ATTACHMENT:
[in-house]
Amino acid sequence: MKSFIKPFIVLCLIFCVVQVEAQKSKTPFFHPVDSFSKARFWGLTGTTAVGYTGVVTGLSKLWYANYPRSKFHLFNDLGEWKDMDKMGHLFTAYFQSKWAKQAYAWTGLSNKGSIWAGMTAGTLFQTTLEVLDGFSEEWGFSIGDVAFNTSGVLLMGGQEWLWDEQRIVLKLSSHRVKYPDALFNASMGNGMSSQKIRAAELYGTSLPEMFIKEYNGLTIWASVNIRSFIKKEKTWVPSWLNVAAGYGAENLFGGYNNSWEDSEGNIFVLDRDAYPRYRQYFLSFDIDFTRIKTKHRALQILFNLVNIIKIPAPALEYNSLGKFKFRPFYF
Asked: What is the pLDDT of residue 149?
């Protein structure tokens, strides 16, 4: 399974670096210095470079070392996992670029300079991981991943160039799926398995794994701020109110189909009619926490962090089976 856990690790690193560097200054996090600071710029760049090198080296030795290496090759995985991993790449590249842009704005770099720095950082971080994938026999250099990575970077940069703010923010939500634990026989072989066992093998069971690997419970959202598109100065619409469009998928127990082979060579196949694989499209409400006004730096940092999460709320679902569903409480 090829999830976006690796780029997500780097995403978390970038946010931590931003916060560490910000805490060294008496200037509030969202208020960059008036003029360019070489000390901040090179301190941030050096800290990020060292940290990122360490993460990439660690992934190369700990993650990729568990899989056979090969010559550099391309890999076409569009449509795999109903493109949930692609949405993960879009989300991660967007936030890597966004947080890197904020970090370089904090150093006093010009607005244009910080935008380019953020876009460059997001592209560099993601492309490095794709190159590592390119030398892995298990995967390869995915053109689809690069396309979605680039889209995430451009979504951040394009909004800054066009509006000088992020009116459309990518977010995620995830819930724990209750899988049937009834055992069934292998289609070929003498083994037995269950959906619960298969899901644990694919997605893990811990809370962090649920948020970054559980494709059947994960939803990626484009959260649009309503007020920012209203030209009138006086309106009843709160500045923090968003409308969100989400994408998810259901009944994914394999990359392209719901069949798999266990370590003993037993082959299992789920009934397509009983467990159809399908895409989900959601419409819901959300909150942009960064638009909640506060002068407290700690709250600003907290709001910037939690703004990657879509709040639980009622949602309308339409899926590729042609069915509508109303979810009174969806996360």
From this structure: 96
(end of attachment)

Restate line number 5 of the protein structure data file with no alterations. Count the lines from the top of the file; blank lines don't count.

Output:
From this structure: 96